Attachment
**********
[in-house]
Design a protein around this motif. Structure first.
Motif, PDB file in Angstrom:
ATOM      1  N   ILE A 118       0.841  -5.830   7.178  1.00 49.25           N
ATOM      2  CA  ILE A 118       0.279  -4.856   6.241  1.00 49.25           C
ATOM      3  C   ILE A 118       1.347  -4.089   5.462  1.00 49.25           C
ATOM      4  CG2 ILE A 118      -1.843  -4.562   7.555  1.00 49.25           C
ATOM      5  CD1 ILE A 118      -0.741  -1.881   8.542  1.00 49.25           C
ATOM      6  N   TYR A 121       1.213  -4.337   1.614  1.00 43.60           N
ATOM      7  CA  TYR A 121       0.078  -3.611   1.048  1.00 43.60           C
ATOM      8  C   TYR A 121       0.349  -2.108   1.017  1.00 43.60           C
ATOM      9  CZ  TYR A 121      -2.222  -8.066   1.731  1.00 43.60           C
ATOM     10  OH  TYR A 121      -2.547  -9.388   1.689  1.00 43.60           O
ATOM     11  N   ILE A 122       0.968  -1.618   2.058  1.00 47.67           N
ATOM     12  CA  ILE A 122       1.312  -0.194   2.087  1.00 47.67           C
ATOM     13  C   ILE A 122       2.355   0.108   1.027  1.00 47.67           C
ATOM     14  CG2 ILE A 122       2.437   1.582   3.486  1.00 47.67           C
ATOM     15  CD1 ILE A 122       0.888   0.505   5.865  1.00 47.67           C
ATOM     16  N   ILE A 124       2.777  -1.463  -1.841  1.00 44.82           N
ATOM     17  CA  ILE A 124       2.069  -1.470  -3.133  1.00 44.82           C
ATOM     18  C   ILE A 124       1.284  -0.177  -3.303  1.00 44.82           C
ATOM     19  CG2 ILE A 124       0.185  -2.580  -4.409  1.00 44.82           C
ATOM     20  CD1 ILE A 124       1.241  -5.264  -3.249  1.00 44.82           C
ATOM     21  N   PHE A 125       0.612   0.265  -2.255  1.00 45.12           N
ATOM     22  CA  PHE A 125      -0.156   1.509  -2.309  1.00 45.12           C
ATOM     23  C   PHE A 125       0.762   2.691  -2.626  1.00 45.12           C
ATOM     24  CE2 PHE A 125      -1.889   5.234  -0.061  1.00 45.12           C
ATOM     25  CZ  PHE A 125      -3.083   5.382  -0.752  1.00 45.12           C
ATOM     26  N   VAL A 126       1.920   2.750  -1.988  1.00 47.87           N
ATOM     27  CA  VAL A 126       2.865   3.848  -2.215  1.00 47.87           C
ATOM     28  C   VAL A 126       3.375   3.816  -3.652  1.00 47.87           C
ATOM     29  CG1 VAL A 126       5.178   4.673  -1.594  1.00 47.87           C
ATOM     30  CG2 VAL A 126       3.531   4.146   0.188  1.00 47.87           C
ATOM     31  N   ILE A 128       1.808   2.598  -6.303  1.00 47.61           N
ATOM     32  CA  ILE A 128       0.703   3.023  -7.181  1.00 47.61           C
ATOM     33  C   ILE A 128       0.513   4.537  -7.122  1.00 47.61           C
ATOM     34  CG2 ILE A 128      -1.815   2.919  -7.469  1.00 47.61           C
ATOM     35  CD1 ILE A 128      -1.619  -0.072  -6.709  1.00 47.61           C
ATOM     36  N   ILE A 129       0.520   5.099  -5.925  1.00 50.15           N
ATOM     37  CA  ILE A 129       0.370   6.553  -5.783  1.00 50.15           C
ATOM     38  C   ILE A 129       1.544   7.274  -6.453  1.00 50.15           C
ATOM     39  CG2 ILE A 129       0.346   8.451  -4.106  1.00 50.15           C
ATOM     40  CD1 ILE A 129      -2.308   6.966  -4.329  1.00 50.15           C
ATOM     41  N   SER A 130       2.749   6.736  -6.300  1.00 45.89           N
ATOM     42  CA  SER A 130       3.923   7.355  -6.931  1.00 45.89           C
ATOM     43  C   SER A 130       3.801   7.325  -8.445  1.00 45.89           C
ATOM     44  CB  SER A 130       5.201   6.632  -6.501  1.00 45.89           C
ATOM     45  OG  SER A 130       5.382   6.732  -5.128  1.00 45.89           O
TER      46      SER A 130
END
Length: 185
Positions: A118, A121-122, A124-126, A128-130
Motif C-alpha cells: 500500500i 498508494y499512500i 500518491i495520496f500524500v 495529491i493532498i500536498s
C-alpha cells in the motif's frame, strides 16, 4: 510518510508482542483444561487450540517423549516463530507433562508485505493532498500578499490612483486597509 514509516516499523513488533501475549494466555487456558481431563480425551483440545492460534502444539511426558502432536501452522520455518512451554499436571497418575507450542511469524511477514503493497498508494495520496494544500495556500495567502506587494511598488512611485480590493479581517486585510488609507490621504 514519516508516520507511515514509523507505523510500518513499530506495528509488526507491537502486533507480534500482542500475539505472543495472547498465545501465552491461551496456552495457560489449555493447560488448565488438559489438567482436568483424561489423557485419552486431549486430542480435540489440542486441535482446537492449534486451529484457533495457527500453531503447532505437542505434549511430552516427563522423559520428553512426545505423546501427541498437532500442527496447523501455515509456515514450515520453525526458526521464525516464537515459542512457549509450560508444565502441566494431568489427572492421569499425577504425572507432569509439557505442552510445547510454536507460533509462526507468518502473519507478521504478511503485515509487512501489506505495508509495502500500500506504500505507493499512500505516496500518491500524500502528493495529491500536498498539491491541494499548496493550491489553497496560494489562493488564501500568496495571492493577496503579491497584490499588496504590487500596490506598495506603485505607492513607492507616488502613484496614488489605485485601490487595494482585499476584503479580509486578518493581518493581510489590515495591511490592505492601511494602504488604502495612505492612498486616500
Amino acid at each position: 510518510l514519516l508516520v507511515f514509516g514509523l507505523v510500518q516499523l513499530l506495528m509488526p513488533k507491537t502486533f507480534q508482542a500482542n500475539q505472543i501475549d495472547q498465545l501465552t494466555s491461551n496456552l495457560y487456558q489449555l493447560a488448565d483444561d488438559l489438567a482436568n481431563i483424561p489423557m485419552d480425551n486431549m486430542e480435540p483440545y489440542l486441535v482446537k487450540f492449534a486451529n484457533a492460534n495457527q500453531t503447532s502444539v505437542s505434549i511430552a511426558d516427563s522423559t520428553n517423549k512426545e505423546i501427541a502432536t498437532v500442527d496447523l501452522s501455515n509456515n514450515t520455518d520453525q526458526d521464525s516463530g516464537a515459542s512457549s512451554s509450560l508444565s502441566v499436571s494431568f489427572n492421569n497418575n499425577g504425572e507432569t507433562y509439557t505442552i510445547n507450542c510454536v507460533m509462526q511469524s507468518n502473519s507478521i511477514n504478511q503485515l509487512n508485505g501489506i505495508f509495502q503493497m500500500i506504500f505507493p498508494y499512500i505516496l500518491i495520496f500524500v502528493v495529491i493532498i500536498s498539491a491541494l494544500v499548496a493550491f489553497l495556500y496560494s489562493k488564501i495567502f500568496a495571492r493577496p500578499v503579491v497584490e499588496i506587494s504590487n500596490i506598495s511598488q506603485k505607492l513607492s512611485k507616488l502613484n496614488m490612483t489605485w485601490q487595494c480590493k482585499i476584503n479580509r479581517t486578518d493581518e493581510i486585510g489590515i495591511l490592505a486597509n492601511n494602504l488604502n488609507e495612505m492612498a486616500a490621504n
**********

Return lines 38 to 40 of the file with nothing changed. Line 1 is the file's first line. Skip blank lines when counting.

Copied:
ATOM     35  CD1 ILE A 128      -1.619  -0.072  -6.709  1.00 47.61           C
ATOM     36  N   ILE A 129       0.520   5.099  -5.925  1.00 50.15           N
ATOM     37  CA  ILE A 129       0.370   6.553  -5.783  1.00 50.15           C